Previous | Next
466467468469470471472473474475476477478479480481482483484485486487488489490491492493494495496497498499 of 999
except for the interest that we got from Richardson, who did
allocate two million dollars to it, to do some medical education
of doctors and to do the beginning of some efforts on public
information, this hasn't really been sparked by anybody but just
a small group of us. It shows that you can't leave everything to
bureaucracies. Citizens have to be constantly in communication with
their government, or a lot of very vital things get very short
or no notice.
This is not new to you.
This is not new to me, but it seems to me that this high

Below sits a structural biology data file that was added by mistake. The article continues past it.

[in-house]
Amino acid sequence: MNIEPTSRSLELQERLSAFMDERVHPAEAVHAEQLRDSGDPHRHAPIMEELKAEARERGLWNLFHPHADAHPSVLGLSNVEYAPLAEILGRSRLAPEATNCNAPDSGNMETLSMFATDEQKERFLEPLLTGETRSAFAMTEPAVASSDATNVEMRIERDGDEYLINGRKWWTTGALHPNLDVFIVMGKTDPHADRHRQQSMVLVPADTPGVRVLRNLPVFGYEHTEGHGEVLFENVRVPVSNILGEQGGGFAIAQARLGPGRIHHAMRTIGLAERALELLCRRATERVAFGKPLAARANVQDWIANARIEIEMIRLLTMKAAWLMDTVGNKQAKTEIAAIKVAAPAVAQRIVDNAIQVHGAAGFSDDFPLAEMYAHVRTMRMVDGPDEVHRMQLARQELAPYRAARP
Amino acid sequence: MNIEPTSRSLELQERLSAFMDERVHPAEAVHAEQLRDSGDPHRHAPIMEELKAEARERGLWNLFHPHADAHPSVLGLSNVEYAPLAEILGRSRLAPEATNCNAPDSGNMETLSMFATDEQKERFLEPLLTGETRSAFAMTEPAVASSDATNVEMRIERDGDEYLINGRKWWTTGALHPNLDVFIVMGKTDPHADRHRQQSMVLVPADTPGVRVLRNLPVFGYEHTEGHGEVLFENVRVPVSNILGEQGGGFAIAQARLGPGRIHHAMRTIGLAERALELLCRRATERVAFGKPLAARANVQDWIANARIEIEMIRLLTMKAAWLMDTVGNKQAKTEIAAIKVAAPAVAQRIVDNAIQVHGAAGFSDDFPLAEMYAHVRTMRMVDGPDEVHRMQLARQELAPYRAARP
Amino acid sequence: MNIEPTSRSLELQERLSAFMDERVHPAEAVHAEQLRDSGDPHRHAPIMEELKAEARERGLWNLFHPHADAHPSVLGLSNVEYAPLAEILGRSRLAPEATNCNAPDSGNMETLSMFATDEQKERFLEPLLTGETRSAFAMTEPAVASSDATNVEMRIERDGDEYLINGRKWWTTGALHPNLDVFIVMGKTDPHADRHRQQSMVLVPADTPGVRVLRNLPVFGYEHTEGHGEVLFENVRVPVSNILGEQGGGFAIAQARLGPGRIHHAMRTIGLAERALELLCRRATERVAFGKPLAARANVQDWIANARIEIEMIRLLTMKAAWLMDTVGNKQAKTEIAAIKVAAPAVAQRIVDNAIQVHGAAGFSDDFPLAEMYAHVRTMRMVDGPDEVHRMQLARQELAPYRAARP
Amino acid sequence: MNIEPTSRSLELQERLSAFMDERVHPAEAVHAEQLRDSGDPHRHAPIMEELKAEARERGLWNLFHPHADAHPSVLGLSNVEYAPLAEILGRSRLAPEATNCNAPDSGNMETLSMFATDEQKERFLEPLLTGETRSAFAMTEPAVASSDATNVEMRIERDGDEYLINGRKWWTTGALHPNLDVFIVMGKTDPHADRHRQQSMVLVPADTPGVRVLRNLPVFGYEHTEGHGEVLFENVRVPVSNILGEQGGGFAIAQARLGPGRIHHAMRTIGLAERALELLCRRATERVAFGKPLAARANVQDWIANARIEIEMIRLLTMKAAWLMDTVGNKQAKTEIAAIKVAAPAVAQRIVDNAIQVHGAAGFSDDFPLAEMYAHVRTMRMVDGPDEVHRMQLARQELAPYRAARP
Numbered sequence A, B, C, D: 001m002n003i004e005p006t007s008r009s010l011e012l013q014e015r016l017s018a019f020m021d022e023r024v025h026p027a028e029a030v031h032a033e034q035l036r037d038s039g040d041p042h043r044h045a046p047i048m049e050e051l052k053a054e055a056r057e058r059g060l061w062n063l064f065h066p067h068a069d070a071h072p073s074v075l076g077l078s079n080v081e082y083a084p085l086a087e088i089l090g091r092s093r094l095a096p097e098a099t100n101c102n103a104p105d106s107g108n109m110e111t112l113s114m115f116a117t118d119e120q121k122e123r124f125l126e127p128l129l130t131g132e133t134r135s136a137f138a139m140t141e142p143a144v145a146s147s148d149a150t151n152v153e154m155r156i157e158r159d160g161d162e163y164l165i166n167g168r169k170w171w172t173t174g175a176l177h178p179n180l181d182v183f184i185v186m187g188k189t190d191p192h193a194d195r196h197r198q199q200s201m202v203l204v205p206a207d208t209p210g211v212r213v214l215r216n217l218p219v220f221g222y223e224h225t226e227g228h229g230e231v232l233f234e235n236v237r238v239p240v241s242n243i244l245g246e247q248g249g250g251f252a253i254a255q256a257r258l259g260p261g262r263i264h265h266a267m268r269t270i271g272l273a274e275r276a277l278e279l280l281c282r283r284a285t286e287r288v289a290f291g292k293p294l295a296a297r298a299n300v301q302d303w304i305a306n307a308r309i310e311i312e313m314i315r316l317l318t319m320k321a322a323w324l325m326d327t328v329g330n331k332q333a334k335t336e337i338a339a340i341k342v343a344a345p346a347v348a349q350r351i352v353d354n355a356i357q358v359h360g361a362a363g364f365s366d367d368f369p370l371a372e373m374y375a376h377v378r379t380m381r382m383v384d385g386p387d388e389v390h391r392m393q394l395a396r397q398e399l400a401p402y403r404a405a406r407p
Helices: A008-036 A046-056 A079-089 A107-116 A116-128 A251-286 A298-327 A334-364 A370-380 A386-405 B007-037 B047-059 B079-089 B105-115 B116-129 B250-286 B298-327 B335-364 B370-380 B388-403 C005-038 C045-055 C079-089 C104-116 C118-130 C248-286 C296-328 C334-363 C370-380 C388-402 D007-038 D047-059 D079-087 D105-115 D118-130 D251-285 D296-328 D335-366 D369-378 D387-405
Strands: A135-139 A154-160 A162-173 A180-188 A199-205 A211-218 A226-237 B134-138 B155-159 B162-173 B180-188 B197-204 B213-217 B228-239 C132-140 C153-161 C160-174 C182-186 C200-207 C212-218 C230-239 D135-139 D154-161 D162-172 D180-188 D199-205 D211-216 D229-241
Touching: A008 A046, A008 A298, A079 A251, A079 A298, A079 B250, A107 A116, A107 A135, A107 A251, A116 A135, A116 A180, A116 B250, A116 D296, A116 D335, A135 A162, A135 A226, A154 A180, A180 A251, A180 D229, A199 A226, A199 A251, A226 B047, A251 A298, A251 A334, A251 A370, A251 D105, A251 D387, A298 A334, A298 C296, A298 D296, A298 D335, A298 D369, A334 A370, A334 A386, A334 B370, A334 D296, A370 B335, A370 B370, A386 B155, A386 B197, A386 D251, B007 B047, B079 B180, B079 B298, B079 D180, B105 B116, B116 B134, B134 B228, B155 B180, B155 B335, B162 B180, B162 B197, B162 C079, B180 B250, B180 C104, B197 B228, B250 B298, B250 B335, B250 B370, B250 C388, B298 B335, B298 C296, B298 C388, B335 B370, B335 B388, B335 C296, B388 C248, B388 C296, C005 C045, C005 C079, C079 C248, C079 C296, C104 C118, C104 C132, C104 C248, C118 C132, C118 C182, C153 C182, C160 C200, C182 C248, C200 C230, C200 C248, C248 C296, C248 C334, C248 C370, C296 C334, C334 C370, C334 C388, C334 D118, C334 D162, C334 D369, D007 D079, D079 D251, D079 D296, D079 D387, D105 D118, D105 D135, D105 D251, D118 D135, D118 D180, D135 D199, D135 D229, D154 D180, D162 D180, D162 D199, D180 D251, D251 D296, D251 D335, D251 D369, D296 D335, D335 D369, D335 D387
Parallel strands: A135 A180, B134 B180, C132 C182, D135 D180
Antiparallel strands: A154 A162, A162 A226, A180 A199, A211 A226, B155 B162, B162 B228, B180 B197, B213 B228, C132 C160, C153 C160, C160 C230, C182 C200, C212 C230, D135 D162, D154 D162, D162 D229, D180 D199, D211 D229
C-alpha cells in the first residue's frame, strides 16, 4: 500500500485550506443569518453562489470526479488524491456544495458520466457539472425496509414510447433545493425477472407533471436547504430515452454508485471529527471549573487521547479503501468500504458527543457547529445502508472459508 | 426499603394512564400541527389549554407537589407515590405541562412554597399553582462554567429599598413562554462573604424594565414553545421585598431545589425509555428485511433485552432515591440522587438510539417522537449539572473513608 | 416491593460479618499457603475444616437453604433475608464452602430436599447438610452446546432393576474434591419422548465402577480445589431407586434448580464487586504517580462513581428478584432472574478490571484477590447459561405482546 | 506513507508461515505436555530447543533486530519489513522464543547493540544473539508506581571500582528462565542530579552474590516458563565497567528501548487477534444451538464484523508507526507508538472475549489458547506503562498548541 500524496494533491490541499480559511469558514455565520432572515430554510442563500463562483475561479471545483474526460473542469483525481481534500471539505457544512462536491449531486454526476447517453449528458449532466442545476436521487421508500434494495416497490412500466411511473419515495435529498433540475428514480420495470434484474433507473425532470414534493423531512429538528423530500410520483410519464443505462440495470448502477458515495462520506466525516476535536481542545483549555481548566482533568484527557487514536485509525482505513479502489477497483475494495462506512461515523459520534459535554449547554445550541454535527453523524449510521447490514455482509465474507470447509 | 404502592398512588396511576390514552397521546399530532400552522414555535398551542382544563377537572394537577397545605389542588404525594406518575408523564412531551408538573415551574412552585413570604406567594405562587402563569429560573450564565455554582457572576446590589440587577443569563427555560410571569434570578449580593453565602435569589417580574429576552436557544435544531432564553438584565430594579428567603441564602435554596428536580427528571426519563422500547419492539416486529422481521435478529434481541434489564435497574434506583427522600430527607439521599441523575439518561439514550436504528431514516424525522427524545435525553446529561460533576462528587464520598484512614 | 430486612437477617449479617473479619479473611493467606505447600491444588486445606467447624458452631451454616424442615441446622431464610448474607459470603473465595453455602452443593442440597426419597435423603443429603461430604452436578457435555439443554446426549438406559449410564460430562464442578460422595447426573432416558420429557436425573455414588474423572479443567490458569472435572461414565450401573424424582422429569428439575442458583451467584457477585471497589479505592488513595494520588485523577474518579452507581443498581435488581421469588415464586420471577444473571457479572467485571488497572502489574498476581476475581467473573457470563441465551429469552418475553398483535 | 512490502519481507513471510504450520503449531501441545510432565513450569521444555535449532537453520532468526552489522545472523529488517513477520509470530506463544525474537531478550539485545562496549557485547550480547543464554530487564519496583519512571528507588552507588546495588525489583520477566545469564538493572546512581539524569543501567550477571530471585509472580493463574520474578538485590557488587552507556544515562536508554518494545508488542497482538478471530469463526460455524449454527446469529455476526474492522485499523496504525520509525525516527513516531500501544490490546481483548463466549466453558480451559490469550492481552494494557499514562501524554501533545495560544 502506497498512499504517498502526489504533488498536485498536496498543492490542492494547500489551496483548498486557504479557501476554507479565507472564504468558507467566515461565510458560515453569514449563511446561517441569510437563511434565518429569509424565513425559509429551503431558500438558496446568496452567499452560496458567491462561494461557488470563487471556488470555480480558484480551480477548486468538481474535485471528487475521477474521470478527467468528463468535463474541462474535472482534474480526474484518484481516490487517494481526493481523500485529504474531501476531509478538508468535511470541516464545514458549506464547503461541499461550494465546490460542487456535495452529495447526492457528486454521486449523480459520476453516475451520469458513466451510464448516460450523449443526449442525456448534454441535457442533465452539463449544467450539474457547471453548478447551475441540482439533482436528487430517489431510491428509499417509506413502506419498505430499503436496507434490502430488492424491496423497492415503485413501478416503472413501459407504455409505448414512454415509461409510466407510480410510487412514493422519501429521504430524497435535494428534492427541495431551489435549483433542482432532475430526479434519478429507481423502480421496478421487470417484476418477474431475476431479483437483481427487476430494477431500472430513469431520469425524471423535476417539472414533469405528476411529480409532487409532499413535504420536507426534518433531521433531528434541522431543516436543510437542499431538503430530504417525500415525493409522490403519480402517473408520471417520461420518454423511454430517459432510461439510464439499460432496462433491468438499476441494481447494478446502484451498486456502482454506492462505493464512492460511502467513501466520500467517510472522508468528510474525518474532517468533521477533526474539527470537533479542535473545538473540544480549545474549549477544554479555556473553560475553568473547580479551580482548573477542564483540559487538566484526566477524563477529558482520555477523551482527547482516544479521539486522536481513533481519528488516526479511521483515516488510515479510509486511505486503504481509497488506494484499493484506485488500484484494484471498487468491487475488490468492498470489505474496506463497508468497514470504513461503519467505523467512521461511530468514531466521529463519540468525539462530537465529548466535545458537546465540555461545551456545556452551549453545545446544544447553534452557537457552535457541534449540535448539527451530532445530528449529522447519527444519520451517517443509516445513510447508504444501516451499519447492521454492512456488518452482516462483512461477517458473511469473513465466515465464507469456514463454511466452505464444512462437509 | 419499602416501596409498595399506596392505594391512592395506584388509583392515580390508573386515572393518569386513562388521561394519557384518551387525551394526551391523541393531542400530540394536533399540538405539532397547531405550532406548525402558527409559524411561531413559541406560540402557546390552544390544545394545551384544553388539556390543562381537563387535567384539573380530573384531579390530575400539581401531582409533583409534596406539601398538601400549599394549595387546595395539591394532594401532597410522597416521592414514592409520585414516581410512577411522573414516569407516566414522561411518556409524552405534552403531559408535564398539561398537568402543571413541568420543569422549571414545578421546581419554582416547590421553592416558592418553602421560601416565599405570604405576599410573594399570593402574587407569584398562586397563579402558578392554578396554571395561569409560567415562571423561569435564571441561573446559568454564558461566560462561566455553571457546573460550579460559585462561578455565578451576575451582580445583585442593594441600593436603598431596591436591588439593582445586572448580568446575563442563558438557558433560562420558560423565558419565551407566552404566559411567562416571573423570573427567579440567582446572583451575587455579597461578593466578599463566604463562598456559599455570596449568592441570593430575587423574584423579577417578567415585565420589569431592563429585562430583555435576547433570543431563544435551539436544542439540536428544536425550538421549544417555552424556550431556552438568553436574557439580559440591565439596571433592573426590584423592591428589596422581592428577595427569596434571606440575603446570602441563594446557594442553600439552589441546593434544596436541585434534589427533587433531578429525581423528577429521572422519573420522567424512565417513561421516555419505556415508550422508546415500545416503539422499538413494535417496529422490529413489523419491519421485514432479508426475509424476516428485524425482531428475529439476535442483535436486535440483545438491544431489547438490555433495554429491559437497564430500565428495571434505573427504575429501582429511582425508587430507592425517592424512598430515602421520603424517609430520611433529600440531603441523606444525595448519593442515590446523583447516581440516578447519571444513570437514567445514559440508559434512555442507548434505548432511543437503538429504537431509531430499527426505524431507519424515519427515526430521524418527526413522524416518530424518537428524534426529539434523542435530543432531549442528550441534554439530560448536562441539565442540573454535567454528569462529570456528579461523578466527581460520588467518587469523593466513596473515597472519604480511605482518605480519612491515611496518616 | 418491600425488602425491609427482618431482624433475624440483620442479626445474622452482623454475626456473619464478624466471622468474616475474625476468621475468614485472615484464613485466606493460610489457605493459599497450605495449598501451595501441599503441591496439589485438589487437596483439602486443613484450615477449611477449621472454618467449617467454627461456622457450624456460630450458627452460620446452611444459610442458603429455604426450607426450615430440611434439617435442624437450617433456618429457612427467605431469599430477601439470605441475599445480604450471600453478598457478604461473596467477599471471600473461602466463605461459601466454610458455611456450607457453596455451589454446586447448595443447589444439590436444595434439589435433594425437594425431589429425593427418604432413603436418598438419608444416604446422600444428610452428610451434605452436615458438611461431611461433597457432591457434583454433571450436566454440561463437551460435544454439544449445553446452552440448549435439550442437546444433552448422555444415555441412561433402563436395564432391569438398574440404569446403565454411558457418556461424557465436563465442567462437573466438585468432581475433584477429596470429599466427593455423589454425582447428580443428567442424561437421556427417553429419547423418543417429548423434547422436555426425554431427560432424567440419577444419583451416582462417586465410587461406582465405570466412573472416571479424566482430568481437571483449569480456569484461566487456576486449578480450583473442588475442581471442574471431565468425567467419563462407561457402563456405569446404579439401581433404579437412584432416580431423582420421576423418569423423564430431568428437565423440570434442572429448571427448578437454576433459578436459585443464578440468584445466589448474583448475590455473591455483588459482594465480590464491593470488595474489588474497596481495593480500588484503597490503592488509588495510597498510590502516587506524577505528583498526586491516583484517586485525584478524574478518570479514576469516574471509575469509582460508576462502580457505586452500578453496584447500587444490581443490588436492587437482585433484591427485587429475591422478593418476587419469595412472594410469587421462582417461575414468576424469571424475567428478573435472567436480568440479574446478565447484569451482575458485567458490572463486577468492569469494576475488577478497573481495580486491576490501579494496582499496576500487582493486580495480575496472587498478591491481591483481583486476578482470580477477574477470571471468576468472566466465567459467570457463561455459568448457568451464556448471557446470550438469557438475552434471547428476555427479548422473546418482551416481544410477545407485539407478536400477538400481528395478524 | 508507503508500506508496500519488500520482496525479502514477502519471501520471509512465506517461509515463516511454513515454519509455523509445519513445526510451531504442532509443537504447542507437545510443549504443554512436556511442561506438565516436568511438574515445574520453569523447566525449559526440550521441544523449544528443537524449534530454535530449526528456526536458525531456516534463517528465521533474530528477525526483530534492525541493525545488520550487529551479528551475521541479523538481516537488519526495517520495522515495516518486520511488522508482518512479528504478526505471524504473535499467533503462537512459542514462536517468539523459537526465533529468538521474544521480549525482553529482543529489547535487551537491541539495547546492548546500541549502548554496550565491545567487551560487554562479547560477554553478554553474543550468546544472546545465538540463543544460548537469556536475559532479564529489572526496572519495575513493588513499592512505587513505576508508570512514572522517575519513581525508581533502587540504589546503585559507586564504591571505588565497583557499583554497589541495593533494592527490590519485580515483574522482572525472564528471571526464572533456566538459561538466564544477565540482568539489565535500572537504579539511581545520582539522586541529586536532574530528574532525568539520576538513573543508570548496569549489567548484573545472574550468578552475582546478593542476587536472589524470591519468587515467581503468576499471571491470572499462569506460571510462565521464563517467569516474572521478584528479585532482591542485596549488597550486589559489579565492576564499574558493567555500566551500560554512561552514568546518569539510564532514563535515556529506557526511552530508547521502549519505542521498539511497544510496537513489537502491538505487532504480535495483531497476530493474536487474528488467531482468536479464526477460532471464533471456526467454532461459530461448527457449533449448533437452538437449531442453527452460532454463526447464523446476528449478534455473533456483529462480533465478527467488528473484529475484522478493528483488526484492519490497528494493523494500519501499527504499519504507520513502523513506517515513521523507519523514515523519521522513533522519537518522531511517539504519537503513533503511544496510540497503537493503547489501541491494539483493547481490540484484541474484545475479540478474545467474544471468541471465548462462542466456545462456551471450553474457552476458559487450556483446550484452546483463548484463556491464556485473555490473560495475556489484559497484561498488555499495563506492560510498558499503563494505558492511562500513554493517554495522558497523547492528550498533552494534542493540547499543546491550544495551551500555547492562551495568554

blood pressure thing is so singularly strange, because it's been
known for at least 15 years that there were drugs that would lower
blood pressure, and -- but it was really Dr. Freis's article
from the Veterans' Administration four years ago which showed that even
people with moderate blood pressure should be treated, and that
there was a saving of lives even if people had slight elevations
of blood pressure, if they were treated, and that seemed to do away
with all opposition on the part of doctors, to treating people.
I don't say that they -- they don't treat people easily and many people
are not treated or screened at all, by millions in fact, but the
opposition on the part of doctors has diminished to a great
degree. They for a long time didn't want to treat anyone their
blood pressure was 220 over 140 or something like that, you know --
something was ready to burst.
Well, your small group of active citizens has done remarkable work.
© 2006 Columbia University
Libraries | Oral History
Research Office | Rights and
Permissions | Help